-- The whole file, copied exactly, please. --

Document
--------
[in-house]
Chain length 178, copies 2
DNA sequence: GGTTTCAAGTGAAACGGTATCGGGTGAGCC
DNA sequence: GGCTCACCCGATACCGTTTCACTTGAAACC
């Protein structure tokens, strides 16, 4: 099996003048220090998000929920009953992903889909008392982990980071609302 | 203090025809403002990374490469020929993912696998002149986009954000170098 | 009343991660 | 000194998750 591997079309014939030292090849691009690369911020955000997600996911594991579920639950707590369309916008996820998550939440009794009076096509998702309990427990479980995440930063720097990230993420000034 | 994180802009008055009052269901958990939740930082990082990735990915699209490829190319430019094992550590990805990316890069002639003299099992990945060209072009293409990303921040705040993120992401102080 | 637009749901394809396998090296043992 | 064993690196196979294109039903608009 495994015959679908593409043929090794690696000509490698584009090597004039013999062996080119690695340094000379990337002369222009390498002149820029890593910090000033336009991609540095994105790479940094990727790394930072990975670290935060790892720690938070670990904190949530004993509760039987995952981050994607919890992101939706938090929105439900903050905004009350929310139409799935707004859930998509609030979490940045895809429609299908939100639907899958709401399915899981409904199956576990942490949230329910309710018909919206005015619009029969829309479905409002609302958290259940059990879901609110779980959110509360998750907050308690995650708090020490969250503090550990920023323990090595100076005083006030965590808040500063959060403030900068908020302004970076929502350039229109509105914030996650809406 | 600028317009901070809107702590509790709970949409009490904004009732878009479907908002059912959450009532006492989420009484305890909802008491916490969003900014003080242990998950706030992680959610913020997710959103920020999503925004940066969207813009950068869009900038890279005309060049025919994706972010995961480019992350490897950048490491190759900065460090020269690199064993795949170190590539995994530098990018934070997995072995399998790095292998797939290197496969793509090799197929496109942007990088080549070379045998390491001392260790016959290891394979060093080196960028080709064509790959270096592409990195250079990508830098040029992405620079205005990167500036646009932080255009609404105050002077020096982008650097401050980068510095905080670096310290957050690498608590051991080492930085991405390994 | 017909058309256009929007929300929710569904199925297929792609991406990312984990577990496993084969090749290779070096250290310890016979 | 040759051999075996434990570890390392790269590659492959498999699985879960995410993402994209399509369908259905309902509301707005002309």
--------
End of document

[in-house]
Chain length 178, copies 2
DNA sequence: GGTTTCAAGTGAAACGGTATCGGGTGAGCC
DNA sequence: GGCTCACCCGATACCGTTTCACTTGAAACC
């Protein structure tokens, strides 16, 4: 099996003048220090998000929920009953992903889909008392982990980071609302 | 203090025809403002990374490469020929993912696998002149986009954000170098 | 009343991660 | 000194998750 591997079309014939030292090849691009690369911020955000997600996911594991579920639950707590369309916008996820998550939440009794009076096509998702309990427990479980995440930063720097990230993420000034 | 994180802009008055009052269901958990939740930082990082990735990915699209490829190319430019094992550590990805990316890069002639003299099992990945060209072009293409990303921040705040993120992401102080 | 637009749901394809396998090296043992 | 064993690196196979294109039903608009 495994015959679908593409043929090794690696000509490698584009090597004039013999062996080119690695340094000379990337002369222009390498002149820029890593910090000033336009991609540095994105790479940094990727790394930072990975670290935060790892720690938070670990904190949530004993509760039987995952981050994607919890992101939706938090929105439900903050905004009350929310139409799935707004859930998509609030979490940045895809429609299908939100639907899958709401399915899981409904199956576990942490949230329910309710018909919206005015619009029969829309479905409002609302958290259940059990879901609110779980959110509360998750907050308690995650708090020490969250503090550990920023323990090595100076005083006030965590808040500063959060403030900068908020302004970076929502350039229109509105914030996650809406 | 600028317009901070809107702590509790709970949409009490904004009732878009479907908002059912959450009532006492989420009484305890909802008491916490969003900014003080242990998950706030992680959610913020997710959103920020999503925004940066969207813009950068869009900038890279005309060049025919994706972010995961480019992350490897950048490491190759900065460090020269690199064993795949170190590539995994530098990018934070997995072995399998790095292998797939290197496969793509090799197929496109942007990088080549070379045998390491001392260790016959290891394979060093080196960028080709064509790959270096592409990195250079990508830098040029992405620079205005990167500036646009932080255009609404105050002077020096982008650097401050980068510095905080670096310290957050690498608590051991080492930085991405390994 | 017909058309256009929007929300929710569904199925297929792609991406990312984990577990496993084969090749290779070096250290310890016979 | 040759051999075996434990570890390392790269590659492959498999699985879960995410993402994209399509369908259905309902509301707005002309």